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Art of NursingBlog

The Lost Historical Legacy of Men as Caregivers & Why it Still Matters Today (2 of 3)

By May 9, 2014 February 1st, 2019 2 Comments

History matters. It provides a necessary context to the present. Each person represents an example of living history that many can trace back in time through their family name. This legacy provides direction, stability, and strength for future challenges that every one of us will ultimately face.

In my own life, this living history is represented by my grandmother. Her family were Mennonites who immigrated from the Ukraine as a child because of the Communist Bolshevik revolution that started in 1917. She could trace her Mennonite/Anabaptist heritage all the way back to the Protestant Reformation in the 1500’s when this movement began!

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When Martin Luther began the Protestant Reformation in the early 1500’s in Germany, the Anabaptist’s were considered the radical wing of the Reformation who emphasized the need and desire to follow the example of Christ in everyday life in order to demonstrate the authenticity of ones faith.

They were persecuted, many even killed for their beliefs, but stayed faithful in ongoing adversity. This rich legacy and stories from my Grandmother were a highlight of our many trips to visit her in Winnepeg, Manitoba and strongly influenced my own spiritual journey. Knowing this as my historical legacy has directly influenced the man I am today.

Another example of the power of knowing your name and legacy is demonstrated in the movie “Gladiator” (see the YouTube link!). Maximus, a former Roman general who is now a slave is confronted by the villain Commodus in the Coliseum. He demands the “slave” to tell him his name. Maximus responds:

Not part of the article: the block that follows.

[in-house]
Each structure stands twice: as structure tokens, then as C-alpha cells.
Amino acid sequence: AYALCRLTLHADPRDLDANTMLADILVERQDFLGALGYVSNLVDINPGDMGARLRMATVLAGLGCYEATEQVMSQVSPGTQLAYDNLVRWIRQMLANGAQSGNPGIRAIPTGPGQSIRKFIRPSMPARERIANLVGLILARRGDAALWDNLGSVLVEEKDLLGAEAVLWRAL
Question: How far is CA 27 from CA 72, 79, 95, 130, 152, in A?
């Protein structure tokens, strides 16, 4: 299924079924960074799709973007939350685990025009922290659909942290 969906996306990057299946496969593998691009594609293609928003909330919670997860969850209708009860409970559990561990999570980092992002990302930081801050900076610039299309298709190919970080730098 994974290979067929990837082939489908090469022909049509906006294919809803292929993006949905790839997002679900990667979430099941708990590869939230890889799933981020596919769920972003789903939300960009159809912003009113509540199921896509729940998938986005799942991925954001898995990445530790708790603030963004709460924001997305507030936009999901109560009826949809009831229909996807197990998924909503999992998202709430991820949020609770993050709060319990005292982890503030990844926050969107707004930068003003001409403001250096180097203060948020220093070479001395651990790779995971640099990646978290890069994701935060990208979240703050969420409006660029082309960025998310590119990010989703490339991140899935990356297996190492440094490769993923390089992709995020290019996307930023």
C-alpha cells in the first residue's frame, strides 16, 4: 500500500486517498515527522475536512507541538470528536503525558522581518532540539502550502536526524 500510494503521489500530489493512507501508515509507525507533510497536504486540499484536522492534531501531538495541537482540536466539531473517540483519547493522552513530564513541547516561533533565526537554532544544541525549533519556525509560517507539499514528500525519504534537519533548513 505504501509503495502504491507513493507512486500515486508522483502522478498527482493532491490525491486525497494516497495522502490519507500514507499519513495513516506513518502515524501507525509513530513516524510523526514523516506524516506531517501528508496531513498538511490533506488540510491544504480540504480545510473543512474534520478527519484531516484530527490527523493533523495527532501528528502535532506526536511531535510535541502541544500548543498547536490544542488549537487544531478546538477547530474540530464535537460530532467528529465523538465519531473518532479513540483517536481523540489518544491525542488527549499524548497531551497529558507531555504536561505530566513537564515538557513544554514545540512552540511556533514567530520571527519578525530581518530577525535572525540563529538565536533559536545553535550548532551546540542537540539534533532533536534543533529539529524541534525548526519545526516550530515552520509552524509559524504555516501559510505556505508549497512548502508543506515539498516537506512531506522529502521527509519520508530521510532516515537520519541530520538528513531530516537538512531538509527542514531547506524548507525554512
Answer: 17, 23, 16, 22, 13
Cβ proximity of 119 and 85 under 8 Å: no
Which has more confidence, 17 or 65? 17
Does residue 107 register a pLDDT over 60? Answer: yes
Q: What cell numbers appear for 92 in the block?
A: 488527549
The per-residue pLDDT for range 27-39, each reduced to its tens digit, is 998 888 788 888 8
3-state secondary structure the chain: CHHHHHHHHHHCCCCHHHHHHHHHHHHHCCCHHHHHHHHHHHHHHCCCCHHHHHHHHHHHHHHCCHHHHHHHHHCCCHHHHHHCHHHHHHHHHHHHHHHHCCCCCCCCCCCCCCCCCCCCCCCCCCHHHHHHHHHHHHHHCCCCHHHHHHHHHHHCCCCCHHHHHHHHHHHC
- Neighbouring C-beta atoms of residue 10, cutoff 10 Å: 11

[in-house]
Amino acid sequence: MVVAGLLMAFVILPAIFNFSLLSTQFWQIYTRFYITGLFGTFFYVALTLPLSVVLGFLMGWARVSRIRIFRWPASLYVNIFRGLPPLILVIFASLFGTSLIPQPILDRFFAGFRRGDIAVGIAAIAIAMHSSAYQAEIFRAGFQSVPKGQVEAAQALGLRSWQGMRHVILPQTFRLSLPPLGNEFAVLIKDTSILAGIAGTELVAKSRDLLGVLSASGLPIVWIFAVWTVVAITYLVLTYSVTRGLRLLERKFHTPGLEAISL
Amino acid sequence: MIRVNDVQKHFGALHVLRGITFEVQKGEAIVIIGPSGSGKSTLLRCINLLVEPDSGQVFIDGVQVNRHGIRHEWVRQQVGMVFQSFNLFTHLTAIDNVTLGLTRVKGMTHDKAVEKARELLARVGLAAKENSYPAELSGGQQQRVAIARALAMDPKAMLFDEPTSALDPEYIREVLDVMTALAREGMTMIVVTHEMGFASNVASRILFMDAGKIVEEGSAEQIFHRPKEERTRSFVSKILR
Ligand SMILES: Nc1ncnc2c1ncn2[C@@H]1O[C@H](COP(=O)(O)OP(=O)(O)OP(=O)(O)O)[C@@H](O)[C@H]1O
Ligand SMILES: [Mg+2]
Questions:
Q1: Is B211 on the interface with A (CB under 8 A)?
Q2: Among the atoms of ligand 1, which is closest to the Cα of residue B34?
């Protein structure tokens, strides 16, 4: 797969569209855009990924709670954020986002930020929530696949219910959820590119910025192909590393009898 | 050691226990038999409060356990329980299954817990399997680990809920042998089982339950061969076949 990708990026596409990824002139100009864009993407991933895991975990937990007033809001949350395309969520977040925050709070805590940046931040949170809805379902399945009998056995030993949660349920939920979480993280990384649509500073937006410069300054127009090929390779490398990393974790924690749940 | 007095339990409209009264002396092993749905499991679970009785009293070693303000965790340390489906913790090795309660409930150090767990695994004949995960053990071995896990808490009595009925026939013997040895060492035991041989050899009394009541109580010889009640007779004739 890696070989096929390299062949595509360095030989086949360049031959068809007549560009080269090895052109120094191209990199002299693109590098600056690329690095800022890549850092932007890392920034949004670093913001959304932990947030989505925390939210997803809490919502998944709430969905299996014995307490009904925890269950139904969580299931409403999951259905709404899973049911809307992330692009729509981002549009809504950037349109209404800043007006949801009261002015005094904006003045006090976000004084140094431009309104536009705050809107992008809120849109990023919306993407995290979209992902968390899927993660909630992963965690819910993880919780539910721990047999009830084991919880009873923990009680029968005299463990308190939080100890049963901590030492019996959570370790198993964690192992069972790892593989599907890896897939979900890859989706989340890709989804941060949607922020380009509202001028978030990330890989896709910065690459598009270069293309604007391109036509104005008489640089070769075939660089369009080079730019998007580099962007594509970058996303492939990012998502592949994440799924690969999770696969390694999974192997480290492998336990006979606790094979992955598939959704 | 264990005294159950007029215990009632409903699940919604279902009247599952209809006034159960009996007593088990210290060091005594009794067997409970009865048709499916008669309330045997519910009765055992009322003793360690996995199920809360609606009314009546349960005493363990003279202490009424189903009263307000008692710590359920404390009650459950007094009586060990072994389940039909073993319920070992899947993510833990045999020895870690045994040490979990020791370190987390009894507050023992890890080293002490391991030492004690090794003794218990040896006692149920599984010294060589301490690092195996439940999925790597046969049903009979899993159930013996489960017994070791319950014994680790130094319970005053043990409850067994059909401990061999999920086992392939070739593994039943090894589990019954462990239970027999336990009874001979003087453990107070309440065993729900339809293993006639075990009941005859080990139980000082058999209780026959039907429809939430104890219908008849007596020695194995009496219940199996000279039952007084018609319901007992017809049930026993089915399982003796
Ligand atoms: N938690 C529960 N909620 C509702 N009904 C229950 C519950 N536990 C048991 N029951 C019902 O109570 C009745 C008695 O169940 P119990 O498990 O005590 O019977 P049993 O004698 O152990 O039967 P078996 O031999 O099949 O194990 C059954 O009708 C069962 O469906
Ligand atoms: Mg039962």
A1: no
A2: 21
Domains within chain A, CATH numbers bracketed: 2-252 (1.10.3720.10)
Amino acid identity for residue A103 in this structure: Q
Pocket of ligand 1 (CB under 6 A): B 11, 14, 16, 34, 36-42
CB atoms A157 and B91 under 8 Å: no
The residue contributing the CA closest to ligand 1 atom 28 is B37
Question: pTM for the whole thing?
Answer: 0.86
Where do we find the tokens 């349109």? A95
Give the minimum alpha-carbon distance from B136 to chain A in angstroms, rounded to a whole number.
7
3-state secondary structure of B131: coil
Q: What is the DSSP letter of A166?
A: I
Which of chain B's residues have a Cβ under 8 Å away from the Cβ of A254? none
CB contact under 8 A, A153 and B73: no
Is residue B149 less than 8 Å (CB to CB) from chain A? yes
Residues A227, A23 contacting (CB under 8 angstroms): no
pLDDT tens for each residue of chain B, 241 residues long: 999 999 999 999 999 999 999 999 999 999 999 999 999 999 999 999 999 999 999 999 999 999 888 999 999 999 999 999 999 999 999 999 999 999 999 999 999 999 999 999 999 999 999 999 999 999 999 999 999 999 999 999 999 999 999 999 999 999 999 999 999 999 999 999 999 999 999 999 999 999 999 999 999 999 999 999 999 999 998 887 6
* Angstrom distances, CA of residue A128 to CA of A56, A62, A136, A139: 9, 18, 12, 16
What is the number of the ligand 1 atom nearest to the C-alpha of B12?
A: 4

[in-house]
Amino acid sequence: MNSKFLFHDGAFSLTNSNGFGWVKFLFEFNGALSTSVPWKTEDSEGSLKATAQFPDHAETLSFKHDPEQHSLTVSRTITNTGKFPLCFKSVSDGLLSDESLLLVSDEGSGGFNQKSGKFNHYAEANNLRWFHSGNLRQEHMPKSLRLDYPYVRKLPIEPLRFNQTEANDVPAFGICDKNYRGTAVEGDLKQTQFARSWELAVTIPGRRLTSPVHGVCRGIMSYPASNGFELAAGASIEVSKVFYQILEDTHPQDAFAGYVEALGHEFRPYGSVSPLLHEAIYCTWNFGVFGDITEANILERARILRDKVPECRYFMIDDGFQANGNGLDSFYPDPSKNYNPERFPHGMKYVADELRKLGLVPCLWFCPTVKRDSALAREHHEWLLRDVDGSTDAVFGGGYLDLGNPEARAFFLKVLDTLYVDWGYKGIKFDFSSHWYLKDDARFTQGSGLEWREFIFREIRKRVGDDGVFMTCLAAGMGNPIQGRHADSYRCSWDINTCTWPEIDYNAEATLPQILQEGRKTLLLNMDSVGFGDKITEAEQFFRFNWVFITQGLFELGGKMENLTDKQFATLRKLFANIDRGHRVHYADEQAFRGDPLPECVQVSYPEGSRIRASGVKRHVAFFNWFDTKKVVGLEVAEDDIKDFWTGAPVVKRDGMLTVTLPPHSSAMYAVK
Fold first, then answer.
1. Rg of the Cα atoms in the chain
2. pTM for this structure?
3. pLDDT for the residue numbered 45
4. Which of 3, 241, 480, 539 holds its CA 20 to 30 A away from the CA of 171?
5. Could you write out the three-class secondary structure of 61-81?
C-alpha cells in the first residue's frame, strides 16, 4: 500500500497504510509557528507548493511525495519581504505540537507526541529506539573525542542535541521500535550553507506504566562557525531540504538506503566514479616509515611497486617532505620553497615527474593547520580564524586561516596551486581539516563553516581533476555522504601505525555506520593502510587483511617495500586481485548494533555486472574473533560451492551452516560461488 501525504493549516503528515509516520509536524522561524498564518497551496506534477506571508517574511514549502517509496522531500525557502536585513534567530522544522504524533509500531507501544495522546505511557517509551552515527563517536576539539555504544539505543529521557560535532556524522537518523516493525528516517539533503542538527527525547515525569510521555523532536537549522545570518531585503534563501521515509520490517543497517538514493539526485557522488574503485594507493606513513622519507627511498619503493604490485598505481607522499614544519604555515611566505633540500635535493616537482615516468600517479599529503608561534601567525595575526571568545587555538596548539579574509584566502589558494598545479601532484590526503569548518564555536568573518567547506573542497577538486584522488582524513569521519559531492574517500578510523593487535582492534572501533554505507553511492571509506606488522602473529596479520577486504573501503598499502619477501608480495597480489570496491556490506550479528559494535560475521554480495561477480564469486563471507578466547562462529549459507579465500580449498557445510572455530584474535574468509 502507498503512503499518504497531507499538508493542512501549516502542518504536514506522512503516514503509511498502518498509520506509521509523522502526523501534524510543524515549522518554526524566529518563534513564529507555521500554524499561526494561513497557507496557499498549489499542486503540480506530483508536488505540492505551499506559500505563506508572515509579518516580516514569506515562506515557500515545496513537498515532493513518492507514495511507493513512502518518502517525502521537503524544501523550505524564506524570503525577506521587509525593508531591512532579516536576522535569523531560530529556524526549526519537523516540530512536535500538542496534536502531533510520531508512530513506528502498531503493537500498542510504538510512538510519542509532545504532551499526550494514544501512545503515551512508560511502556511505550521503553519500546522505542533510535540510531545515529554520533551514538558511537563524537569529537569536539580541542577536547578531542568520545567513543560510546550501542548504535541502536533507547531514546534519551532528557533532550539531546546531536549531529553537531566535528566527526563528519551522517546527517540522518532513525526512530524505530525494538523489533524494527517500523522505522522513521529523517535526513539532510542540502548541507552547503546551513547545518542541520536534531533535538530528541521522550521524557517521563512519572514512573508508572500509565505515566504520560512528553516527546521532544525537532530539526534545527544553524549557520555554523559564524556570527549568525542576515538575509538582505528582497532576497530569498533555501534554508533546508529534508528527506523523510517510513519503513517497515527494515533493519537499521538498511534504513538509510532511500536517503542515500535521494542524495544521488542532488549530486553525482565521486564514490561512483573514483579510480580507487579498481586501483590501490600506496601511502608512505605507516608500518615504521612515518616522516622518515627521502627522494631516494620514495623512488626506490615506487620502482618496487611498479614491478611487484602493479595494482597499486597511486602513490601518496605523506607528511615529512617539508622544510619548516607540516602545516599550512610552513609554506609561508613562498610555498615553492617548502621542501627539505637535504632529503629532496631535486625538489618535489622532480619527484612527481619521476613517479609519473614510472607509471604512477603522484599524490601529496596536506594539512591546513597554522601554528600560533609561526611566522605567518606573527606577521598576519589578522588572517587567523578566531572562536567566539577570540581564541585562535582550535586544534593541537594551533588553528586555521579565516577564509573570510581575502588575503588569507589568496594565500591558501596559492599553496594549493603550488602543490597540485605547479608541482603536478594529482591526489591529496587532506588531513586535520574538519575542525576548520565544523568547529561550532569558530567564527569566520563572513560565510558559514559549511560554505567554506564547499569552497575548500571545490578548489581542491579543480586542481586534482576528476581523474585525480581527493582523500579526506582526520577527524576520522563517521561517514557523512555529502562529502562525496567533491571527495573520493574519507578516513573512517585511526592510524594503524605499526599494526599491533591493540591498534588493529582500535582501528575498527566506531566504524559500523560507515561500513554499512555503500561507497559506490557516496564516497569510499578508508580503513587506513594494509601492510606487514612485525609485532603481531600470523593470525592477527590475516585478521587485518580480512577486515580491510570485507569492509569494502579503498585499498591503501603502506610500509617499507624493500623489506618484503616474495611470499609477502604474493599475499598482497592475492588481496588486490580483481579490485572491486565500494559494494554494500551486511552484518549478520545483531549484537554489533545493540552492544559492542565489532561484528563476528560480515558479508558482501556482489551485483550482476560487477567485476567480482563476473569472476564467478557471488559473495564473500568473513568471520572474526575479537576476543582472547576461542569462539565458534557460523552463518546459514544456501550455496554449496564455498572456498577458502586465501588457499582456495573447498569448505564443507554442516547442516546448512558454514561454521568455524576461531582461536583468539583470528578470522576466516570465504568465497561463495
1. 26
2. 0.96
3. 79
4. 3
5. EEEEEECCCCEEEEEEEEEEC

My name is Maximus Decimus Meridius, commander of the Armies of the North, General of the Felix Legions and loyal servant to the TRUE emperor, Marcus Aurelius. Father to a murdered son, husband to a murdered wife. And I will have my vengeance, in this life or the next.

If Maximus has no identity in who he is or was, his ability to fight to the death as a gladiator who knew his legacy would be futile, and he would not have the strength or resolve to persevere in adversity.

What does this have to do with men in nursing?
Everything!

If men have no knowledge of their historical name, legacy, and identity as caregivers, they will continue to see no need to consider or even enter the nursing profession and persevere in nursing education. Do men have a name and legacy as historical caregivers? If this identity is not known, does it influence the success of men in nursing education? Let’s take a brief look at what the literature would communicate to address these important questions!

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Historical Legacy as Caregivers

The earliest nurses in recorded history were male caregivers. In Hippocratic writings in ancient Greece, public nursing care was provided by men (1). In India around 275 BC, public hospitals were developed where men were the primary caregivers. In ancient Rome, the best possible care was provided to soldiers in military hospitals.

Male nurses called “nosocomi” were the primary caregivers, but unfortunately, they did not likely do their job well because this is also the root word for hospital or “nosocomial” acquired infection (2)!

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Good Samaritan